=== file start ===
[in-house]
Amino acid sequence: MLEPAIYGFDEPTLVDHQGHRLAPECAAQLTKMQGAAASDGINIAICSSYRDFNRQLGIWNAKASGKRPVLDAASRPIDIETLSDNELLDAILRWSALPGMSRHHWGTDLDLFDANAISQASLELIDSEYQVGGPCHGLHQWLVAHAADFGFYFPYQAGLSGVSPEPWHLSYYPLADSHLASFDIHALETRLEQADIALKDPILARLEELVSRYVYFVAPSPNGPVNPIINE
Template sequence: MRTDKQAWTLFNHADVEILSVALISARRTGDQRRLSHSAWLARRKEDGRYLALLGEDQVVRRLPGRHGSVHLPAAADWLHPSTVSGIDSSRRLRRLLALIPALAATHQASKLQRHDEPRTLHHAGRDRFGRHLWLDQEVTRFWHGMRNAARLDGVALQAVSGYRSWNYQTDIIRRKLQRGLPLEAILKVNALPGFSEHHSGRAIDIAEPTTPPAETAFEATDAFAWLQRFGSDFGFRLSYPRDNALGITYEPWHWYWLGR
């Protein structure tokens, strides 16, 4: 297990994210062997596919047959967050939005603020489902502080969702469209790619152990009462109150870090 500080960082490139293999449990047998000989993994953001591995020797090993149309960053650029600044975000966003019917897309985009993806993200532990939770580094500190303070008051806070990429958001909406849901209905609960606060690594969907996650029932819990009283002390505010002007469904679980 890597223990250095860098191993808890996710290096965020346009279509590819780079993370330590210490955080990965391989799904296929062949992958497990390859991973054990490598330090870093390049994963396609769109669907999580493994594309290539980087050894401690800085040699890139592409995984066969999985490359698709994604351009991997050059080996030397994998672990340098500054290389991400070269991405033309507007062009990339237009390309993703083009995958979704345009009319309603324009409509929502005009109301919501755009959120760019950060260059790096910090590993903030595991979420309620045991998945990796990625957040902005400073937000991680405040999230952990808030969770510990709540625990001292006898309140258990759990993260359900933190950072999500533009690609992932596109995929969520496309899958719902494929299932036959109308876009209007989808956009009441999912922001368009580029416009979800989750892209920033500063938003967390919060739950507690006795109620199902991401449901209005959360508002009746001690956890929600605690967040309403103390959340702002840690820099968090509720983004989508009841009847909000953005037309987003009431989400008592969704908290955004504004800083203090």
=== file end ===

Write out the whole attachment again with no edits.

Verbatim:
[in-house]
Amino acid sequence: MLEPAIYGFDEPTLVDHQGHRLAPECAAQLTKMQGAAASDGINIAICSSYRDFNRQLGIWNAKASGKRPVLDAASRPIDIETLSDNELLDAILRWSALPGMSRHHWGTDLDLFDANAISQASLELIDSEYQVGGPCHGLHQWLVAHAADFGFYFPYQAGLSGVSPEPWHLSYYPLADSHLASFDIHALETRLEQADIALKDPILARLEELVSRYVYFVAPSPNGPVNPIINE
Template sequence: MRTDKQAWTLFNHADVEILSVALISARRTGDQRRLSHSAWLARRKEDGRYLALLGEDQVVRRLPGRHGSVHLPAAADWLHPSTVSGIDSSRRLRRLLALIPALAATHQASKLQRHDEPRTLHHAGRDRFGRHLWLDQEVTRFWHGMRNAARLDGVALQAVSGYRSWNYQTDIIRRKLQRGLPLEAILKVNALPGFSEHHSGRAIDIAEPTTPPAETAFEATDAFAWLQRFGSDFGFRLSYPRDNALGITYEPWHWYWLGR
């Protein structure tokens, strides 16, 4: 297990994210062997596919047959967050939005603020489902502080969702469209790619152990009462109150870090 500080960082490139293999449990047998000989993994953001591995020797090993149309960053650029600044975000966003019917897309985009993806993200532990939770580094500190303070008051806070990429958001909406849901209905609960606060690594969907996650029932819990009283002390505010002007469904679980 890597223990250095860098191993808890996710290096965020346009279509590819780079993370330590210490955080990965391989799904296929062949992958497990390859991973054990490598330090870093390049994963396609769109669907999580493994594309290539980087050894401690800085040699890139592409995984066969999985490359698709994604351009991997050059080996030397994998672990340098500054290389991400070269991405033309507007062009990339237009390309993703083009995958979704345009009319309603324009409509929502005009109301919501755009959120760019950060260059790096910090590993903030595991979420309620045991998945990796990625957040902005400073937000991680405040999230952990808030969770510990709540625990001292006898309140258990759990993260359900933190950072999500533009690609992932596109995929969520496309899958719902494929299932036959109308876009209007989808956009009441999912922001368009580029416009979800989750892209920033500063938003967390919060739950507690006795109620199902991401449901209005959360508002009746001690956890929600605690967040309403103390959340702002840690820099968090509720983004989508009841009847909000953005037309987003009431989400008592969704908290955004504004800083203090």